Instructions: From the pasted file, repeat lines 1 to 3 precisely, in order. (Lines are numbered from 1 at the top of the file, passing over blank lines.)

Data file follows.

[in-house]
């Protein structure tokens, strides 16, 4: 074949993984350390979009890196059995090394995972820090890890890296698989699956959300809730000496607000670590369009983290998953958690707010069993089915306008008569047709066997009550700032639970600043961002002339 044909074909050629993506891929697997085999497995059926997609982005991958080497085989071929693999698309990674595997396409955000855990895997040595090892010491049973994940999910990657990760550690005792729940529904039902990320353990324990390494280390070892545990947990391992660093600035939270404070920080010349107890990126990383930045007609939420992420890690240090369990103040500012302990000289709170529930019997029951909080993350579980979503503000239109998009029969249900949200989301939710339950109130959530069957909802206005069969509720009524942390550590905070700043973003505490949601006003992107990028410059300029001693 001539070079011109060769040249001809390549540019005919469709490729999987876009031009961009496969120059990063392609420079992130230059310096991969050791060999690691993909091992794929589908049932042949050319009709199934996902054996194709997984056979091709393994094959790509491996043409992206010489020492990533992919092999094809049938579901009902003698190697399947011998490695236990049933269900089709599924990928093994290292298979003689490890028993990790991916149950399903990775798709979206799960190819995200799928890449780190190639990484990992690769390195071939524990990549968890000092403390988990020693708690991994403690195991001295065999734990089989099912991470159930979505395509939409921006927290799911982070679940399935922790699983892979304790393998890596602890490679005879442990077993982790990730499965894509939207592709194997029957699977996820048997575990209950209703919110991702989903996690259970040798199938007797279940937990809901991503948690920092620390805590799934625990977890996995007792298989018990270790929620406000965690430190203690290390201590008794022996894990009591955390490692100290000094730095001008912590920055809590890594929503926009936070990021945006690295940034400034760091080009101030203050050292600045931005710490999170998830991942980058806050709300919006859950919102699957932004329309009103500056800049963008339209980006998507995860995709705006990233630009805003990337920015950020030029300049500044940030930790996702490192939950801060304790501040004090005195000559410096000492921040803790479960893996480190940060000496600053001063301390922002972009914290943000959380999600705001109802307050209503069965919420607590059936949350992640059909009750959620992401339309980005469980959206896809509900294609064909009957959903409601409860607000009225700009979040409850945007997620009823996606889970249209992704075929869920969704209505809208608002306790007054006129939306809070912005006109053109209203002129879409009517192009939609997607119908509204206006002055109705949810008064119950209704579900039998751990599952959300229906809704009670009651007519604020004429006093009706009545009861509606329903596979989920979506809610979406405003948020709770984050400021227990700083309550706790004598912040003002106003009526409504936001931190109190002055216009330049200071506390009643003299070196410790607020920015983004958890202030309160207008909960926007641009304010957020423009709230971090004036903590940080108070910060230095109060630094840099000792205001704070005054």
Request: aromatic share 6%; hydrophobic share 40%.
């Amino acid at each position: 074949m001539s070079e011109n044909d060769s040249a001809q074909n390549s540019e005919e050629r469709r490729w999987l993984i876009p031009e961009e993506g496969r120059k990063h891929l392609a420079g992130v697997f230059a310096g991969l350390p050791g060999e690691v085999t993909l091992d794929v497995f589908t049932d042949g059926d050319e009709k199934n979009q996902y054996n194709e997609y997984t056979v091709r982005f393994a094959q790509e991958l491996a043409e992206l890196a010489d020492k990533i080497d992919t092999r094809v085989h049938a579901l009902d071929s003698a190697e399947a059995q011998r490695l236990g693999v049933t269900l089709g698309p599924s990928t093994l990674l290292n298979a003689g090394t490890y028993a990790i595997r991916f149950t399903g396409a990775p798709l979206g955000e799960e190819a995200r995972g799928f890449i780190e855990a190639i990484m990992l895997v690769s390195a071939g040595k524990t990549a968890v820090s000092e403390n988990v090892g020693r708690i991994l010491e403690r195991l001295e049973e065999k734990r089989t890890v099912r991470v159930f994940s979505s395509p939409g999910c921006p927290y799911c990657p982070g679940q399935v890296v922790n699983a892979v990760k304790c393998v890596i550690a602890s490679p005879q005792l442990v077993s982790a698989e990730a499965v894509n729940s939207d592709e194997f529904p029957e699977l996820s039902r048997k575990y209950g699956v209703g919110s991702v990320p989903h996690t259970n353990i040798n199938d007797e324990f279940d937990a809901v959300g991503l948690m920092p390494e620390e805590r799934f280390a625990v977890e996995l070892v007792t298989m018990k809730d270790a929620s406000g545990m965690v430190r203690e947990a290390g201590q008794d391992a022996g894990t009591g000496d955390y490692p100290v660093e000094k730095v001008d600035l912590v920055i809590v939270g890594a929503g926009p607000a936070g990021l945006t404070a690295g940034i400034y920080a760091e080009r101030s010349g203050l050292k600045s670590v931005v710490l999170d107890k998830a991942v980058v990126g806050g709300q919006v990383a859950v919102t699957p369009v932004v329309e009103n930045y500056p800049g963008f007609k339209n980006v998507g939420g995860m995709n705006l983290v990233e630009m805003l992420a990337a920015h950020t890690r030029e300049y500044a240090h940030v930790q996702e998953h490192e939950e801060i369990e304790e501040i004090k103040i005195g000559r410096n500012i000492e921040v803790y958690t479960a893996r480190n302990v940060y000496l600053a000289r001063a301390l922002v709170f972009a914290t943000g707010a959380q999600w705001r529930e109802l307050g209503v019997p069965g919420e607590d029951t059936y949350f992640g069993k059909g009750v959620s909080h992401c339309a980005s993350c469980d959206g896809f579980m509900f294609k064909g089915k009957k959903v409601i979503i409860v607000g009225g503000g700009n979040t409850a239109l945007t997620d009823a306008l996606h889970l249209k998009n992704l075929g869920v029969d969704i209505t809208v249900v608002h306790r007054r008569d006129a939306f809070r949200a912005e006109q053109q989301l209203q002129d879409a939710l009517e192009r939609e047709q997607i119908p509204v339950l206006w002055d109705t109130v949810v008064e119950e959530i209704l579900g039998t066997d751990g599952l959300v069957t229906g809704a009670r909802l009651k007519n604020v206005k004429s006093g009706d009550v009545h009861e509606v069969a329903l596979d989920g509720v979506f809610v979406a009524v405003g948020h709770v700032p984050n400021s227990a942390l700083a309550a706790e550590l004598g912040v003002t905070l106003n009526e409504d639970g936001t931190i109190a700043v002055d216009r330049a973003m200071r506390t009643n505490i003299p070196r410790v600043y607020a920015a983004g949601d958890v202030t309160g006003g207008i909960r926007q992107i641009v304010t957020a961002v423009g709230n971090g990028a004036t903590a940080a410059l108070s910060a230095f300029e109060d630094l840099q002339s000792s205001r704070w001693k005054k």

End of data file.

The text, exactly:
[in-house]
């Protein structure tokens, strides 16, 4: 074949993984350390979009890196059995090394995972820090890890890296698989699956959300809730000496607000670590369009983290998953958690707010069993089915306008008569047709066997009550700032639970600043961002002339 044909074909050629993506891929697997085999497995059926997609982005991958080497085989071929693999698309990674595997396409955000855990895997040595090892010491049973994940999910990657990760550690005792729940529904039902990320353990324990390494280390070892545990947990391992660093600035939270404070920080010349107890990126990383930045007609939420992420890690240090369990103040500012302990000289709170529930019997029951909080993350579980979503503000239109998009029969249900949200989301939710339950109130959530069957909802206005069969509720009524942390550590905070700043973003505490949601006003992107990028410059300029001693 001539070079011109060769040249001809390549540019005919469709490729999987876009031009961009496969120059990063392609420079992130230059310096991969050791060999690691993909091992794929589908049932042949050319009709199934996902054996194709997984056979091709393994094959790509491996043409992206010489020492990533992919092999094809049938579901009902003698190697399947011998490695236990049933269900089709599924990928093994290292298979003689490890028993990790991916149950399903990775798709979206799960190819995200799928890449780190190639990484990992690769390195071939524990990549968890000092403390988990020693708690991994403690195991001295065999734990089989099912991470159930979505395509939409921006927290799911982070679940399935922790699983892979304790393998890596602890490679005879442990077993982790990730499965894509939207592709194997029957699977996820048997575990209950209703919110991702989903996690259970040798199938007797279940937990809901991503948690920092620390805590799934625990977890996995007792298989018990270790929620406000965690430190203690290390201590008794022996894990009591955390490692100290000094730095001008912590920055809590890594929503926009936070990021945006690295940034400034760091080009101030203050050292600045931005710490999170998830991942980058806050709300919006859950919102699957932004329309009103500056800049963008339209980006998507995860995709705006990233630009805003990337920015950020030029300049500044940030930790996702490192939950801060304790501040004090005195000559410096000492921040803790479960893996480190940060000496600053001063301390922002972009914290943000959380999600705001109802307050209503069965919420607590059936949350992640059909009750959620992401339309980005469980959206896809509900294609064909009957959903409601409860607000009225700009979040409850945007997620009823996606889970249209992704075929869920969704209505809208608002306790007054006129939306809070912005006109053109209203002129879409009517192009939609997607119908509204206006002055109705949810008064119950209704579900039998751990599952959300229906809704009670009651007519604020004429006093009706009545009861509606329903596979989920979506809610979406405003948020709770984050400021227990700083309550706790004598912040003002106003009526409504936001931190109190002055216009330049200071506390009643003299070196410790607020920015983004958890202030309160207008909960926007641009304010957020423009709230971090004036903590940080108070910060230095109060630094840099000792205001704070005054």
Request: aromatic share 6%; hydrophobic share 40%.